Navigating the Piper mobile app is fairly intuitive. The app is divided into five tabs (Dashboard, Vitals, Live Video, Controls and Rules) arranged in a row at the bottom of the screen. Tapping on each tab opens a new menu.

The dashboard serves as the app's home screen. The upper half of the dashboard shows a circular dial, with each of the four modes (Stay, Away, Vacation and Notify Only) in its own quadrant. Tapping on a quadrant activates that mode and any rules you've programmed. The active mode is red, while inactive modes are gray.

To the right of the dial are buttons for Settings, Events and Recordings. Tapping on each button opens the corresponding menu. In the Settings menu, for example, you can configure your Piper and add or remove Z-Wave accessories. The Events menu displays a list of events such as temperature changes or detected movement and the time at which they occurred. In the Recordings menu you can view any captured recordings. Both Events clips and Recordings can be downloaded to your mobile device.

Tapping on the Live Video tab opens a full-screen video feed from the Piper. There are controls to enable or disable night vision, transmit your voice via the Piper's speaker, enable Z-Wave accessories with on/off functionality and adjust the contrast. At the bottom right, there's also a button to enable quad-view, which breaks the video feed into four quadrants and lets you zoom in on a different part of the fish-eye picture in each quadrant.

Finally, you can manage Z-Wave accessories that are paired with the Piper in the Controls tab, and can program the Piper in the Rules tab to take actions such as notifying you or recording video if it detects motion, loud noises or a change in temperature.


The Piper's 3.4-megapixel camera features a 180-degree field of view -- the widest we've tested so far -- and can theoretically record video at a maximum resolution of 1080p. This matches the resolution of the Samsung SmartCam HD Pro, which shoots with a 128-degree lens, and is higher than the resolution of the Belkin NetCam HD+, the D-Link Guardian, the Netgear Arlo and the Swann SW-Viewcam, all of which record at 720p.

In practice, however, the Piper nv struggled to record video in full HD. The Piper app features a sliding scale for video quality, and by default, it's set to 75 percent to reduce choppiness due to high bandwidth usage. When I cranked the video quality to 1080p on Wi-Fi, the video looked noticeably more detailed, but suffered from severe stuttering and distortion. Streaming the video using mobile data only exacerbated the issue.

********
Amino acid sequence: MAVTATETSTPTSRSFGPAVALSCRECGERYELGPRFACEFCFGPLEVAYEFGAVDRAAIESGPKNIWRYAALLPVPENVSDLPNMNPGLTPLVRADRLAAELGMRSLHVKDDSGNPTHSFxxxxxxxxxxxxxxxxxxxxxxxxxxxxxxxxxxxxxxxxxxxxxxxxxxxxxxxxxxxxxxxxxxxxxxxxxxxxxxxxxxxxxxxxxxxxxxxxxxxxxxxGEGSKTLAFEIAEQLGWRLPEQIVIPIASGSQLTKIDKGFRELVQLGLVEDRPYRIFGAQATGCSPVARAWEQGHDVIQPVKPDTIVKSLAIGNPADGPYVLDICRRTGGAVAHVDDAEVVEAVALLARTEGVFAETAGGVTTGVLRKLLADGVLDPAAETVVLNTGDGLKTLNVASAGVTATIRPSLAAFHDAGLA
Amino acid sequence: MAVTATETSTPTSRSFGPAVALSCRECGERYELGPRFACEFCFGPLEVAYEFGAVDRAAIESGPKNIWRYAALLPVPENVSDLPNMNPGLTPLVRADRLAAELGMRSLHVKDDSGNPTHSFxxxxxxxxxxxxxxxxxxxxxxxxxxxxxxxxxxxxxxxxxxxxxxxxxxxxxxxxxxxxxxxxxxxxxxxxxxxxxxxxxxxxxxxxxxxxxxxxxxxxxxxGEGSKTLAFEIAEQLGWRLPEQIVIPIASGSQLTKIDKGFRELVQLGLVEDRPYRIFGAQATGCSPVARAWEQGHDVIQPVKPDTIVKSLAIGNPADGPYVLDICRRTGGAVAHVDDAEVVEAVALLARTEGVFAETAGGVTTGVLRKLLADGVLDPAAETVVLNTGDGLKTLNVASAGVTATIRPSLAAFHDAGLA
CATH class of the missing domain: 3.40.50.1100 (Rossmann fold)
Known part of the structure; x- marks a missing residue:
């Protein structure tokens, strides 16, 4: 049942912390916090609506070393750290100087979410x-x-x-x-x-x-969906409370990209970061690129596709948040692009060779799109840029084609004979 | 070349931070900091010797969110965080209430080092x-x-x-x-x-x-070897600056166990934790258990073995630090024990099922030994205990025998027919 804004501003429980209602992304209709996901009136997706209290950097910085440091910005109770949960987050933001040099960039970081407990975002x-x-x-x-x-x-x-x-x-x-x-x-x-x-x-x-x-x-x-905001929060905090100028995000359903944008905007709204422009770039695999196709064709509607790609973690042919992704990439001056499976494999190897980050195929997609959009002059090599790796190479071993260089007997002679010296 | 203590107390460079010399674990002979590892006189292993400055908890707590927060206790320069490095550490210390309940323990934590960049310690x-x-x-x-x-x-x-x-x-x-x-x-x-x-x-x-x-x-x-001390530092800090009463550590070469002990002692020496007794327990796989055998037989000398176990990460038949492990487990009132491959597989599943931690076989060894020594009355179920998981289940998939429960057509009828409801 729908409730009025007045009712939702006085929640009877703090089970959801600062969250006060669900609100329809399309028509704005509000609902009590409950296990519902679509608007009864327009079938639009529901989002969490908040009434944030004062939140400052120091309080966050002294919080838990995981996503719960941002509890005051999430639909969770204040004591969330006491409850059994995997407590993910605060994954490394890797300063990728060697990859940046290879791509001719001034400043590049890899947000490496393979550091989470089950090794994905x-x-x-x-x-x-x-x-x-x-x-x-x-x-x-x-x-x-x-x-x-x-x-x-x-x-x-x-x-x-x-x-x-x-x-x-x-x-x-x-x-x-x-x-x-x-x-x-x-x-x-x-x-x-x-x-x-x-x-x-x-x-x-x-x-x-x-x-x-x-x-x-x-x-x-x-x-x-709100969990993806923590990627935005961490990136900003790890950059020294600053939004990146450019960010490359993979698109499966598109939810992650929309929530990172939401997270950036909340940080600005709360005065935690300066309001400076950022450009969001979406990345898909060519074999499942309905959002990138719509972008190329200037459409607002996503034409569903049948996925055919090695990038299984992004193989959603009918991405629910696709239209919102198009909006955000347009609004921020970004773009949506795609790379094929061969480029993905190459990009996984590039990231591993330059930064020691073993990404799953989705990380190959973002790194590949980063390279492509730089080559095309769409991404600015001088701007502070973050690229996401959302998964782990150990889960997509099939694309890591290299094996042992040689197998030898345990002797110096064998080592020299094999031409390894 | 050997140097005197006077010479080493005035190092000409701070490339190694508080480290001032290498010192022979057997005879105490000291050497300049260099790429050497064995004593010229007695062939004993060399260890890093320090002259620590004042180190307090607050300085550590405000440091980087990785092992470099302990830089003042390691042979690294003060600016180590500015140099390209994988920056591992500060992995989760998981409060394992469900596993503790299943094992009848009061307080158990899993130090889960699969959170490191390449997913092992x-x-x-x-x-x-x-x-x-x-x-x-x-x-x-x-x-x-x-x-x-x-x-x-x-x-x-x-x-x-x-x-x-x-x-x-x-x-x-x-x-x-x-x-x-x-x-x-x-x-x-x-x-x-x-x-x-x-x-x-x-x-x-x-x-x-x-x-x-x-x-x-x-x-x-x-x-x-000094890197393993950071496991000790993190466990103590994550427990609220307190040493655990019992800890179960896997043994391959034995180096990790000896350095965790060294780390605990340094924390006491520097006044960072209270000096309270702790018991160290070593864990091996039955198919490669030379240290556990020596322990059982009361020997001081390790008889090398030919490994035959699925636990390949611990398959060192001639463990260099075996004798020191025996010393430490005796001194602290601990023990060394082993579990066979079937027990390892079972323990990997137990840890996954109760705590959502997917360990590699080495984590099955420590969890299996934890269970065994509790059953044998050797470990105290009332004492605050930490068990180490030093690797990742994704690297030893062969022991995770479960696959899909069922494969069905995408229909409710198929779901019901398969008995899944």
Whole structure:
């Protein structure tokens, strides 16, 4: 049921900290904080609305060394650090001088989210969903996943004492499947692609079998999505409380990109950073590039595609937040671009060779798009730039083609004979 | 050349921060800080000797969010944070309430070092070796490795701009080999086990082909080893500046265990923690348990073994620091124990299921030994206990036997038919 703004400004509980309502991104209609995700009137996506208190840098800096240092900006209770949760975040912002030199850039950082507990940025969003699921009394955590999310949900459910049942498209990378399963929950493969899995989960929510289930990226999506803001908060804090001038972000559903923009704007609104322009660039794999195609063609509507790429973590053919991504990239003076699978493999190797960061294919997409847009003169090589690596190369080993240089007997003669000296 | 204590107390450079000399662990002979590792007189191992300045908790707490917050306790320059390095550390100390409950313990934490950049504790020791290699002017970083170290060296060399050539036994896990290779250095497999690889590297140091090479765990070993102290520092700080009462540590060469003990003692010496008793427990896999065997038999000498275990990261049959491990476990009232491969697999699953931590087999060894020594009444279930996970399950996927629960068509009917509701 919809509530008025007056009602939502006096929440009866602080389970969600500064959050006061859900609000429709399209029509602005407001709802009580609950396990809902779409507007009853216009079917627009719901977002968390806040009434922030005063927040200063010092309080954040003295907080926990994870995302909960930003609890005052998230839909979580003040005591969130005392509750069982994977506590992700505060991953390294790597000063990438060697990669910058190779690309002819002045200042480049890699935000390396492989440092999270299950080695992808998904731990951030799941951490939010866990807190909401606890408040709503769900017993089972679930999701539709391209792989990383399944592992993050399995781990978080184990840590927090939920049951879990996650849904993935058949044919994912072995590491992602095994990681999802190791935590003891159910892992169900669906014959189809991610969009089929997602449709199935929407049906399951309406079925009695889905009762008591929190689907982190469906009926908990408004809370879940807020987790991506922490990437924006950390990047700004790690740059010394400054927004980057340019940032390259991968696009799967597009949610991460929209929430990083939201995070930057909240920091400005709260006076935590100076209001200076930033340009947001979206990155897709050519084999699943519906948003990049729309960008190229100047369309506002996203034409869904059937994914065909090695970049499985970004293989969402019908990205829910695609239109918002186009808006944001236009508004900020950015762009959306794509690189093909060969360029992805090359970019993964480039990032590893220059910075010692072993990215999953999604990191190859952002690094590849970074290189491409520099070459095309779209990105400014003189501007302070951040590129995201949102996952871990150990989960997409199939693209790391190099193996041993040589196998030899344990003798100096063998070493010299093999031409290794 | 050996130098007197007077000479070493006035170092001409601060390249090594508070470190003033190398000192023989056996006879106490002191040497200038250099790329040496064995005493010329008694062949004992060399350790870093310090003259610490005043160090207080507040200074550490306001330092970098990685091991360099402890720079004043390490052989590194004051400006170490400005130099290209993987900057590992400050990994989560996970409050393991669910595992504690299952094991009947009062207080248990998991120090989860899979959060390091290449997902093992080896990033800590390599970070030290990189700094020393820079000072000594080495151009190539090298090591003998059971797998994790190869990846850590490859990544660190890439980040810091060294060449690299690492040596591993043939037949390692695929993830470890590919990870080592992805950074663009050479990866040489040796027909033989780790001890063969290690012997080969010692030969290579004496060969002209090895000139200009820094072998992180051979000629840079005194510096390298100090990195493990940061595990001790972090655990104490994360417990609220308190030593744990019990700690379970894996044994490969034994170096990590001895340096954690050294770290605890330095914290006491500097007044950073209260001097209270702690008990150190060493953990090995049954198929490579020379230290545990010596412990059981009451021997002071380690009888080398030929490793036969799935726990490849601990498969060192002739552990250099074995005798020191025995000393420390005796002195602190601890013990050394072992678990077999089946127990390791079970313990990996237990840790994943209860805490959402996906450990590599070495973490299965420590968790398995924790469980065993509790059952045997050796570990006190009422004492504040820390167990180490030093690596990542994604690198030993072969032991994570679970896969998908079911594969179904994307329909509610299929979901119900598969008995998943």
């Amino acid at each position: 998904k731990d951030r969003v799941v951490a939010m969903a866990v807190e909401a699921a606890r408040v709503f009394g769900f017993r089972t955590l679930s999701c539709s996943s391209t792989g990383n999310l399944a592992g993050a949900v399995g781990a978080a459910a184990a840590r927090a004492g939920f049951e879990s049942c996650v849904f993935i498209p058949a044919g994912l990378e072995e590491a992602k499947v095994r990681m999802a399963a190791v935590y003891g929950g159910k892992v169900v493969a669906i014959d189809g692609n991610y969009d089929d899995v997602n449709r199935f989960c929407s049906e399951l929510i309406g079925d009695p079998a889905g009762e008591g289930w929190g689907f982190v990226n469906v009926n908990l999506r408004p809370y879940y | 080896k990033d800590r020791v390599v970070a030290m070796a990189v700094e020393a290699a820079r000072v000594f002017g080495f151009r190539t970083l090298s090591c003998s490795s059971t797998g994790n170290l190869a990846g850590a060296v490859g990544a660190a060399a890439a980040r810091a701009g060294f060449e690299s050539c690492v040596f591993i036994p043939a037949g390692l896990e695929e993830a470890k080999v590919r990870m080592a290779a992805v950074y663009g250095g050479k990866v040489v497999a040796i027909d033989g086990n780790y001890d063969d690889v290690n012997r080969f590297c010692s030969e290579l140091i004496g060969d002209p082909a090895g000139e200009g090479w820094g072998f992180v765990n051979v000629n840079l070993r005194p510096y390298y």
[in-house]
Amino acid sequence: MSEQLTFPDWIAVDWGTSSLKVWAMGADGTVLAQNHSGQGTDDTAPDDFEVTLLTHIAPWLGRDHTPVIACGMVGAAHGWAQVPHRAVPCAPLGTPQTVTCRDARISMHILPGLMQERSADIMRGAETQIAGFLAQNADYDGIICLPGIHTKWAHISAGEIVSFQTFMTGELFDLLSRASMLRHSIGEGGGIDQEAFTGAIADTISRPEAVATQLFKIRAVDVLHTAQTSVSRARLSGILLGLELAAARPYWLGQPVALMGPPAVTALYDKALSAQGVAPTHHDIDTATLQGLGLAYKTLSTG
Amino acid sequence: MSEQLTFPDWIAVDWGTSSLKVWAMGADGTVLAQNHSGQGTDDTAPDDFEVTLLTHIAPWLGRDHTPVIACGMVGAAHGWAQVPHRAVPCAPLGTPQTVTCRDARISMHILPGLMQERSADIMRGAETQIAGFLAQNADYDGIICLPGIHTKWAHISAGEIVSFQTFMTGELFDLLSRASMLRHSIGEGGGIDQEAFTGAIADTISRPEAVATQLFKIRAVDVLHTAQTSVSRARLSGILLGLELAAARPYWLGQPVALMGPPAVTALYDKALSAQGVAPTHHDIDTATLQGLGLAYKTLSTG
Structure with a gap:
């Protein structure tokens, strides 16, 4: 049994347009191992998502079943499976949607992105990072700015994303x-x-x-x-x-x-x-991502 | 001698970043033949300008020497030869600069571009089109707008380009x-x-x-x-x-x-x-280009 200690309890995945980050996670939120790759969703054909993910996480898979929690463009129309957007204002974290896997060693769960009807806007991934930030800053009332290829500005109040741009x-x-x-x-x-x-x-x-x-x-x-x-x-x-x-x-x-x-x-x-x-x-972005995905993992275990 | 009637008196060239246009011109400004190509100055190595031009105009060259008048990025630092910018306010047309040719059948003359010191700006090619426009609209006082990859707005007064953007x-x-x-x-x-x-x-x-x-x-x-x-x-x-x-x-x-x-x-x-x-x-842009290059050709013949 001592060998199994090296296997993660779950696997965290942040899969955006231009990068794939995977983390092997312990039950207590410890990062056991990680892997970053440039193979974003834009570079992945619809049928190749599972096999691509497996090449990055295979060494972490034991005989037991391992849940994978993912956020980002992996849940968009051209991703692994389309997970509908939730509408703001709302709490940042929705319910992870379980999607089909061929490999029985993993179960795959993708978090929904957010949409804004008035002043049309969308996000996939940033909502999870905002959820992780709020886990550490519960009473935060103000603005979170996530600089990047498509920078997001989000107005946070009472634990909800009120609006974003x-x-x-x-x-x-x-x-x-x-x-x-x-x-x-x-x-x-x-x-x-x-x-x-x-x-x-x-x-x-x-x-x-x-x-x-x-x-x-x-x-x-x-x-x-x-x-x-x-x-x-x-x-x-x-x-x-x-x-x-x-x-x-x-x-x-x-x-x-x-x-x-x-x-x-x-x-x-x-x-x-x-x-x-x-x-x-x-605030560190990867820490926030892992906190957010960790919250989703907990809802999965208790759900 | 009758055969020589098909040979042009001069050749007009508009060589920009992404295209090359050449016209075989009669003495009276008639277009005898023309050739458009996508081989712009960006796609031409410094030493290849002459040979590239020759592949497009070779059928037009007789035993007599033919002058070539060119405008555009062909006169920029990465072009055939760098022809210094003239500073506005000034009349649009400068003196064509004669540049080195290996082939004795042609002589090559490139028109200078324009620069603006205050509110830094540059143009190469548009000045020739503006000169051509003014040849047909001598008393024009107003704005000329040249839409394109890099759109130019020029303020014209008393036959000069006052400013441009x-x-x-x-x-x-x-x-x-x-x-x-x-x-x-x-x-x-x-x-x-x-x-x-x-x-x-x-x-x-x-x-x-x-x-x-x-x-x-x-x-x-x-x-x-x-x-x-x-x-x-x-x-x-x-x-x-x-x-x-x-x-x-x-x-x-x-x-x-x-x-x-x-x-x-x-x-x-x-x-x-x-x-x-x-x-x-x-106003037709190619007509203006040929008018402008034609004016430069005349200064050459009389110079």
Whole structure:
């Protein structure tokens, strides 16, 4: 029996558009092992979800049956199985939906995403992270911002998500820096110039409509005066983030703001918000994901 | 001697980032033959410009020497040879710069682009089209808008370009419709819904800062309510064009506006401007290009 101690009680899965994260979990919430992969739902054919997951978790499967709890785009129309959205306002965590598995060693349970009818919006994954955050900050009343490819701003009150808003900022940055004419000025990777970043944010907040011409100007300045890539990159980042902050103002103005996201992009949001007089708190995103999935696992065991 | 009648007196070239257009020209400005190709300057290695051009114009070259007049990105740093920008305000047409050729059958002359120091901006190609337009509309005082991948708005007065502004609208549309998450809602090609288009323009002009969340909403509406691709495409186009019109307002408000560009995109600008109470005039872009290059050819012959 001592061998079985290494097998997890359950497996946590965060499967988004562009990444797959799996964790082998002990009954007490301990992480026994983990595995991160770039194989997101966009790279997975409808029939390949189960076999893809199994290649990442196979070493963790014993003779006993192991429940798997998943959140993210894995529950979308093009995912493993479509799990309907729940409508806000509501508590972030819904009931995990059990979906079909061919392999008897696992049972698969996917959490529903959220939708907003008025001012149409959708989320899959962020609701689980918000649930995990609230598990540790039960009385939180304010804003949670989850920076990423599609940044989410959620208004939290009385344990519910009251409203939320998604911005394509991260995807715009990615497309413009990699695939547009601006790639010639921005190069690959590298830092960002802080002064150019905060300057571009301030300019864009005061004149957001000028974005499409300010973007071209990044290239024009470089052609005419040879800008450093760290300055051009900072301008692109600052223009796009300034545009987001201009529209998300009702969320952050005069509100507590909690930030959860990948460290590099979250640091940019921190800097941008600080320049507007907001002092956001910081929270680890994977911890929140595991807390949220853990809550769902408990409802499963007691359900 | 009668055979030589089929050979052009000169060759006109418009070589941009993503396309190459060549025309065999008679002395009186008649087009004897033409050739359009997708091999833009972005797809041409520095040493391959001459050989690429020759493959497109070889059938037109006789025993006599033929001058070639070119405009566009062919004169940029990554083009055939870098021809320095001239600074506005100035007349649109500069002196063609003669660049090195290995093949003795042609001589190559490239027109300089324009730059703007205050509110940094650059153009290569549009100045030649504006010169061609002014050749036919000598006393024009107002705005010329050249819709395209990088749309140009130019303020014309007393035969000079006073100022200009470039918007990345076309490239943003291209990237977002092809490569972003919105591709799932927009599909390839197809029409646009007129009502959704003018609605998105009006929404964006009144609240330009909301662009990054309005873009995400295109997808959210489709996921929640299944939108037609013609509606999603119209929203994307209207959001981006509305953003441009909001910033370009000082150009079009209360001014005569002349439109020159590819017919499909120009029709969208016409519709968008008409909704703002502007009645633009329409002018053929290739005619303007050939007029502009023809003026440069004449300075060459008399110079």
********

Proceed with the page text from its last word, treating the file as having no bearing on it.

On the positive side, the Piper nv adds night vision, a feature that was missing on the original Piper camera. (Hence the "nv.") The night vision does an excellent job of amplifying even the tiniest amount of ambient light, completely illuminating dark rooms. When I turned on the live video feed at night with all of the lights off in my living room, I could easily see myself sitting on the couch.

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Overall, the video quality isn't amazing, but it's good enough for home security. You'll be able to see what people are doing, though you might not be able to make out small valuables unless they're placed near the Piper. When I set the camera up on my bookshelf, for example, I could see the furniture in my living room clearly, but I couldn't make out the Roku next to my television.

Unfortunately, the reliability of the Piper mobile app is hit-or-miss. In my experience, the app sometimes had difficulty connecting to the camera, particularly when I re-opened the app shortly after having closed it. The only way I could resolve that issue was by rebooting my Wi-Fi router; closing the app, restarting my phone or unplugging the Piper didn't do the trick.

Still, when everything works (which is most of the time), the Piper is marvelous. I was able to keep an eye on my apartment even when I was at a Starbucks 25 miles away, and could switch among the various security modes and program new rules on the fly. I was a bit disappointed that you can't record video at will, but the camera will automatically start recording if it detects any movement or noise. 

Bottom Line

The Icontrol Piper nv is a very good choice if you're looking for a security camera that can double as a home-automation system. At $279, it's much more expensive than competing cameras, but the Piper's simple setup process, built-in alarm system and ability to control Z-Wave accessories helps it stand apart from the competition. The addition of night vision is icing on the cake.

Given the Piper's steep price, however, I expected a bit more flexibility in its design, both literally and figuratively. Although the fish-eye lens lets you view 180 degrees, I wish that you could tilt or rotate the camera when it's mounted on its stand. The lack of a Web-based control panel may also prove frustrating if you don't have access to your phone.

Still, the Piper’s combination of security and automation is hard to beat. If you're willing to splurge, the Piper nv should definitely be on your short list.

David Eitelbach is a UX writer working at Microsoft, writing and reviewing text for UI, and creating and maintaining end-user content for Microsoft Edge and Office. Before this, he worked as a freelance journalist. His work has appeared on sites such as Tom's Guide, Laptop Mag, and Tech Radar.